Skip to main content
Photo of a Law Library

U.S. v. PALMER, No. 14-4736

Decided: April 21, 2016

The Fourth Circuit affirmed the ruling of the district court.

On October 15, 2013, Officer Ring of the Chesapeake police stopped Michael Jerome Palmer (“Palmer”) because the windows of his car were tinted too dark and because the inspection sticker on the front windshield of the car appeared fraudulent. After a database check, Ring learned that Palmer had a gang affiliation. Upon another search of the database LInX, Ring learned that Palmer had a criminal record that included arrests for drug charges and firearm possession. Ring returned to the car and decided to inspect the sticker that he suspected was fraudulent. Ring asked Palmer to exit the vehicle and leaned inside the driver’s side door to inspect the sticker. While reading the sticker, Ring smelled marijuana. Ring wanted to be sure that the car contained drugs, so he called an officer with a drug dog to search the vehicle. After the search, the officers discovered a plastic bag containing crack cocaine and a 40-caliber Smith & Wesson pistol wedged between the driver’s seat. Palmer was immediately arrested. The district court conducted an evidentiary hearing where Ring explained his actions and the evidence that had been presented. Palmer moved that the evidence be suppressed and the district court denied this motion, citing eight supporting factors. Palmer plead guilty to the indictment but appealed the suppression ruling to the Fourth Circuit. Palmer alleged that there was no objectively reasonable basis for the traffic stop, that Ring unreasonably expanded the scope of the stop after it began, and that Ring’s entry into the car was constitutionally impermissible under the Fourth Amendment.

The Court reviewed the district court’s ruling de novo with respect to reasonable suspicion and probable cause, but absent clear error, will not disturb factual findings made by a district court after an evidentiary hearing on suppression issues. As to Palmer’s arguments in favor of suppression, the Court utilized the two-prong standard from Terry v. Ohio to assess the constitutionality of the traffic stop. The Court reasoned that the first prong of Terry was satisfied because Ring was familiar with the limits on window tint under Virginia law and in his view, the car’s windows were too dark. The Court stated that there was nothing that indicated the district court erred in crediting Ring’s testimony on that issue. The Court further reasoned that the second prong of Terry was satisfied in this case. The court concluded that Ring’s actions prior to examining the sticker were permissible under Terry’s second prong because he did not unreasonably expand the scope of the traffic stop. The Court reasoned that the factors present at the stop demonstrated a connection to possible criminal activity, thus satisfying Terry’s second prong. Furthermore, the Court determined that Palmer did not have a legitimate expectation of privacy that was infringed by the search of his car. The Court also determined that the district court did not err in finding that Ring had a reasonable suspicion that the inspection sticker was fraudulent. The Court further found that the means of investigation was not unreasonable given the circumstances. Therefore, the Court determined that the second prong of Terry was satisfied and no constitutional violation occurred.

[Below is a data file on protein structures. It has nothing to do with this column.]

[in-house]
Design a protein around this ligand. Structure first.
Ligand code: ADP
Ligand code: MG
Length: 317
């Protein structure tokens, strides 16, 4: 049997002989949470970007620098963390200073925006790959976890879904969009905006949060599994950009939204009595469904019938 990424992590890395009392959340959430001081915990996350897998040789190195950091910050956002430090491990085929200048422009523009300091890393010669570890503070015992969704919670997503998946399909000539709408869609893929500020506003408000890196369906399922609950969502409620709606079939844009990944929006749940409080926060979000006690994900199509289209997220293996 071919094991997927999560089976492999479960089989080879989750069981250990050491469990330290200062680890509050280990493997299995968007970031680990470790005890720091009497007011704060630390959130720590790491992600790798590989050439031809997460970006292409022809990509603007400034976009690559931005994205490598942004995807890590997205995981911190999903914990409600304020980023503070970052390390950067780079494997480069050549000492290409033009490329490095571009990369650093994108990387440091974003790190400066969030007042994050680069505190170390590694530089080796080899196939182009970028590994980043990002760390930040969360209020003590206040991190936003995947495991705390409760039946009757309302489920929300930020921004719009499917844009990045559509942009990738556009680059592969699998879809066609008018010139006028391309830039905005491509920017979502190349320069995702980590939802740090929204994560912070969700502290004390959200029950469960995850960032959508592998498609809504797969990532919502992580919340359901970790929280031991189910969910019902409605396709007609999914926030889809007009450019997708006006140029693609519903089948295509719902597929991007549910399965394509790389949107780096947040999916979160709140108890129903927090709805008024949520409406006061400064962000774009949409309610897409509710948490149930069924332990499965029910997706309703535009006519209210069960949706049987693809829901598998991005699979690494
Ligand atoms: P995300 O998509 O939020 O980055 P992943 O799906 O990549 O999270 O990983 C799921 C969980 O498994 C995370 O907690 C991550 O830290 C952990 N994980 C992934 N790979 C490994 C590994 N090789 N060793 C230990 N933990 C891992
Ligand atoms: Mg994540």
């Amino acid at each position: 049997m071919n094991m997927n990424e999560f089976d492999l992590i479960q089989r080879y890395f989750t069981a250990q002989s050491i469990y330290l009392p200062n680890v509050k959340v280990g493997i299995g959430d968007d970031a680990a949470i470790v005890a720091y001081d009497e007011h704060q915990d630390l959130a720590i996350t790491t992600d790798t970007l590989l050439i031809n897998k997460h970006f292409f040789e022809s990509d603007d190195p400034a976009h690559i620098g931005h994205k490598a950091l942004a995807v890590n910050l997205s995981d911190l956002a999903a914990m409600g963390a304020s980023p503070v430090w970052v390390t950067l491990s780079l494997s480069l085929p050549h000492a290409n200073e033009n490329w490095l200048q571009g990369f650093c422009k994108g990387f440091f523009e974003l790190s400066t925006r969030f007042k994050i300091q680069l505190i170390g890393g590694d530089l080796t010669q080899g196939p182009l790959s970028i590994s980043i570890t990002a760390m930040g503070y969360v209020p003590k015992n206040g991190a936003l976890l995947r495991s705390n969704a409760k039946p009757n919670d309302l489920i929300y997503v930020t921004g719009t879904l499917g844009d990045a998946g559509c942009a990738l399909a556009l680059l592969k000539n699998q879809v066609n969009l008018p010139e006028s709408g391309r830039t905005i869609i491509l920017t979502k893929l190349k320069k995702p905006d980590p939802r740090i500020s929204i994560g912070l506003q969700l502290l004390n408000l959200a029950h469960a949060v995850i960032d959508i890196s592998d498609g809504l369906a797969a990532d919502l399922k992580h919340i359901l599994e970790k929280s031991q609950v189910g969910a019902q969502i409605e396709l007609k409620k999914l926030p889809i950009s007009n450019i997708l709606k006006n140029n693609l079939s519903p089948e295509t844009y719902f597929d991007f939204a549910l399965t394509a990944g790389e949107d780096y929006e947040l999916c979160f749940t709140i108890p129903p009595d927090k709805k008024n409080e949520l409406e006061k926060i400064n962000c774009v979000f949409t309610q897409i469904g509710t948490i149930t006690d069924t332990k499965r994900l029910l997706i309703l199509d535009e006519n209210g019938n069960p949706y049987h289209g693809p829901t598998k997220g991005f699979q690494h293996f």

Accordingly, the Court affirmed the judgment of the district court.

Full Opinion

Michael W. Rabb